OLATHE, Kan. — The Department of Transportation’s Federal Railroad Administration announced more than $570 million in funding to address hundreds of railroad crossings across the country.

The largest local project will eliminate a busy crossing south of 119th Street and make it a lot easier to get around Olathe. 88 trains pass through Olathe daily.

“How often do you get stuck at this crossing? A lot like a couple times a day,” Kati Bunce responded to FOX4 while sitting at the Woodland/Northgate crossing.

The BNSF rail line also manages to cut a divide between East and West Olathe and K-7 and I-35 as West 119th Street dead ends into Woodland.

“To continue on 119th you got to come down a couple miles and come back around hang a left almost a u turn to continue on 119th,” Josh Wallace explained while sitting at the same railroad crossing.

Last year Olathe approved a $42 million plan to build a bridge over the tracks connecting East and West 119th Street and to make it a four lane road.

Monday the city found out The U.S. Department of Transportation’s Federal Railroad Administration the will pitch in nearly $18 million for the project. That’s nine times what it’s spending to eliminate crossings in the entire state of Missouri.

“When we found out there was an opportunity to apply for this grant, our staff jumped on this opportunity to be able to be good stewards of city of Olathe tax dollars to be able to partner with the federal government to be able to make that dollar stretch a little further.”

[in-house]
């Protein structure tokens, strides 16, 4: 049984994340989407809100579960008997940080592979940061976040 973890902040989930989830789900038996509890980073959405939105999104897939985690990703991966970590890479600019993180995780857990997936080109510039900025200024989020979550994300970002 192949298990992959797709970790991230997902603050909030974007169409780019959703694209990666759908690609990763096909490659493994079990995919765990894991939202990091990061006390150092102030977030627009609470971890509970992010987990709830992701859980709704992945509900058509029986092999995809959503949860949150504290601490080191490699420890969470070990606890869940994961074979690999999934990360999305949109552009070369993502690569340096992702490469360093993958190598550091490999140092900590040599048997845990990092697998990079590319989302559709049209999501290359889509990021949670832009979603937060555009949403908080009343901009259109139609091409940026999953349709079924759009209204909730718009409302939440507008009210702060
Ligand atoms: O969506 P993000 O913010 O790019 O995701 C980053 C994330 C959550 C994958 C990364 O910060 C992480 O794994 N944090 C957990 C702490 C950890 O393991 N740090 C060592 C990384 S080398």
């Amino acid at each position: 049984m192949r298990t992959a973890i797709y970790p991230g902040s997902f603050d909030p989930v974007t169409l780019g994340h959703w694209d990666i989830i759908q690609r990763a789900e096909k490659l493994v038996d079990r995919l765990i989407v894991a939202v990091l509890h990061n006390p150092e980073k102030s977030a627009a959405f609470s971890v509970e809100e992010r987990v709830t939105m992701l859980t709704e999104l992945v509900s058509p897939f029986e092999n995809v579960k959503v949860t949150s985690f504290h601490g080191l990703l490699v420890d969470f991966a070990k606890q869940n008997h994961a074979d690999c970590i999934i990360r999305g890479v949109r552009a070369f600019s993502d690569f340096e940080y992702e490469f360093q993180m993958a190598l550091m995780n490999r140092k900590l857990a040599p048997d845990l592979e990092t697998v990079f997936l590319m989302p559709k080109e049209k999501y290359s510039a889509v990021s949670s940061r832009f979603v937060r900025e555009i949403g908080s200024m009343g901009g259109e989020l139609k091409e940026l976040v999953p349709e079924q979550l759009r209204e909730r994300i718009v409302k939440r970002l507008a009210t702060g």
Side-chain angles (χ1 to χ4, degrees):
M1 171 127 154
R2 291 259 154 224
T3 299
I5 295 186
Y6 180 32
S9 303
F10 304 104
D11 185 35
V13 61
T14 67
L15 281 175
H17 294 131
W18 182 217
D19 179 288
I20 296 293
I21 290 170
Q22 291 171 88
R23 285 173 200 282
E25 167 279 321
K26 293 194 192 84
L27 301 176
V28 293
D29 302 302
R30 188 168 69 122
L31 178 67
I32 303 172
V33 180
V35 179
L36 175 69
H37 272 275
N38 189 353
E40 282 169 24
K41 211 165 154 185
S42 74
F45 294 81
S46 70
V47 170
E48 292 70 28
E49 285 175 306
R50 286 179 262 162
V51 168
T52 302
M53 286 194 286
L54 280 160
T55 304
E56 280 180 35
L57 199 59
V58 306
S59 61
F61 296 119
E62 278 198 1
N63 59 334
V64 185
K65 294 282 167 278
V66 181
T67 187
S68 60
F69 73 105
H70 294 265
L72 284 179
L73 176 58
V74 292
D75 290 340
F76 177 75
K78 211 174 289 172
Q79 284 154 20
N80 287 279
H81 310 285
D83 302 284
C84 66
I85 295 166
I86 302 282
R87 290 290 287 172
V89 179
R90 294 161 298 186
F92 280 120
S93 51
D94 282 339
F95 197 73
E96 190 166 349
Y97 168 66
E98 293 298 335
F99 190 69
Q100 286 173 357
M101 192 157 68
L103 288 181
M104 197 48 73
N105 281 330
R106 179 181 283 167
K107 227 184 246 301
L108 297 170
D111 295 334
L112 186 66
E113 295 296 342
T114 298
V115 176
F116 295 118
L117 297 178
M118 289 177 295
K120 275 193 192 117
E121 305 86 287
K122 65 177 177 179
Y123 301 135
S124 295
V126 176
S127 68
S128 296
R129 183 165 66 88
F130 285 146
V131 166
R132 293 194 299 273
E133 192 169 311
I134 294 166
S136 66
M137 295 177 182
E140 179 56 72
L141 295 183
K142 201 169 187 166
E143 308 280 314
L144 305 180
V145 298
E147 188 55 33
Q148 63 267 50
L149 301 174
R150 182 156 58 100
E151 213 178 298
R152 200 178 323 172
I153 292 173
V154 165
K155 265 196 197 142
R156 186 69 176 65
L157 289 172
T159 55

The Federal Railroad Administration says the new structure will provide a safer route to schools and neighborhoods, a direct bike/pedestrian connection to a trail system, and a direct connection to I-35 and K-7.

The crossing on Woodland will be eliminated and the street turned into a neighborhood cul-de-sac since drivers will be able to continue straight over the new bridge on 119th Street.

“That will be so much better for sure,” Bunce said.

The only bad part for Olathe residents is the federal money will actually push back the construction timeline as they work to comply with grant stipulations. It had planned to start construction this fall, but now plan to begin next spring opening the bridge sometime in 2026.